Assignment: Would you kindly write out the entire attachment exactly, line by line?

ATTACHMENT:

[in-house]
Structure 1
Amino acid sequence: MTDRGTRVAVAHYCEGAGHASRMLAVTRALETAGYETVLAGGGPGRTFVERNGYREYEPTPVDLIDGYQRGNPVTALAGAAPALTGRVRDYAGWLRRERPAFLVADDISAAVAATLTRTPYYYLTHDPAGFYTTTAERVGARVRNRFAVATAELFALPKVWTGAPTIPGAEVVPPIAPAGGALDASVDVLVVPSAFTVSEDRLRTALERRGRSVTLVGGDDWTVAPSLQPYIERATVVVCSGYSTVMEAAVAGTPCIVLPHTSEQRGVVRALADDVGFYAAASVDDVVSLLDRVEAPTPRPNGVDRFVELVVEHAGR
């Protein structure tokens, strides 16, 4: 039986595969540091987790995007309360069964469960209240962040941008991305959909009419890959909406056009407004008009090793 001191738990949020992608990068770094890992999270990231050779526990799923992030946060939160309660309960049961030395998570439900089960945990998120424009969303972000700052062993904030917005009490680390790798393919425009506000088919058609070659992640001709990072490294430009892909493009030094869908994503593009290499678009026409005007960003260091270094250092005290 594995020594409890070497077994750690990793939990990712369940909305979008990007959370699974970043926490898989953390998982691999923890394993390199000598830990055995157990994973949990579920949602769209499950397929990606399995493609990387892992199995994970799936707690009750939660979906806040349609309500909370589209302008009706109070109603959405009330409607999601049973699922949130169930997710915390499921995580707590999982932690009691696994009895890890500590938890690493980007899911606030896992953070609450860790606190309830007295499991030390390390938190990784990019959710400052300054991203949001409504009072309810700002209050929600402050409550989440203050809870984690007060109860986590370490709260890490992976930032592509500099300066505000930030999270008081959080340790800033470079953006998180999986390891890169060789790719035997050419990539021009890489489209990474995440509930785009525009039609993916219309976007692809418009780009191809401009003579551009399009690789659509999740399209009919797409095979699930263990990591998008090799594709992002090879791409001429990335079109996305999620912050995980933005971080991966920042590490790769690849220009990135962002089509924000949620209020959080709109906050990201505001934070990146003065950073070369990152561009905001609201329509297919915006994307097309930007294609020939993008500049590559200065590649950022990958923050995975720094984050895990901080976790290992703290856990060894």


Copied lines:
[in-house]
Structure 1
Amino acid sequence: MTDRGTRVAVAHYCEGAGHASRMLAVTRALETAGYETVLAGGGPGRTFVERNGYREYEPTPVDLIDGYQRGNPVTALAGAAPALTGRVRDYAGWLRRERPAFLVADDISAAVAATLTRTPYYYLTHDPAGFYTTTAERVGARVRNRFAVATAELFALPKVWTGAPTIPGAEVVPPIAPAGGALDASVDVLVVPSAFTVSEDRLRTALERRGRSVTLVGGDDWTVAPSLQPYIERATVVVCSGYSTVMEAAVAGTPCIVLPHTSEQRGVVRALADDVGFYAAASVDDVVSLLDRVEAPTPRPNGVDRFVELVVEHAGR
């Protein structure tokens, strides 16, 4: 039986595969540091987790995007309360069964469960209240962040941008991305959909009419890959909406056009407004008009090793 001191738990949020992608990068770094890992999270990231050779526990799923992030946060939160309660309960049961030395998570439900089960945990998120424009969303972000700052062993904030917005009490680390790798393919425009506000088919058609070659992640001709990072490294430009892909493009030094869908994503593009290499678009026409005007960003260091270094250092005290 594995020594409890070497077994750690990793939990990712369940909305979008990007959370699974970043926490898989953390998982691999923890394993390199000598830990055995157990994973949990579920949602769209499950397929990606399995493609990387892992199995994970799936707690009750939660979906806040349609309500909370589209302008009706109070109603959405009330409607999601049973699922949130169930997710915390499921995580707590999982932690009691696994009895890890500590938890690493980007899911606030896992953070609450860790606190309830007295499991030390390390938190990784990019959710400052300054991203949001409504009072309810700002209050929600402050409550989440203050809870984690007060109860986590370490709260890490992976930032592509500099300066505000930030999270008081959080340790800033470079953006998180999986390891890169060789790719035997050419990539021009890489489209990474995440509930785009525009039609993916219309976007692809418009780009191809401009003579551009399009690789659509999740399209009919797409095979699930263990990591998008090799594709992002090879791409001429990335079109996305999620912050995980933005971080991966920042590490790769690849220009990135962002089509924000949620209020959080709109906050990201505001934070990146003065950073070369990152561009905001609201329509297919915006994307097309930007294609020939993008500049590559200065590649950022990958923050995975720094984050895990901080976790290992703290856990060894």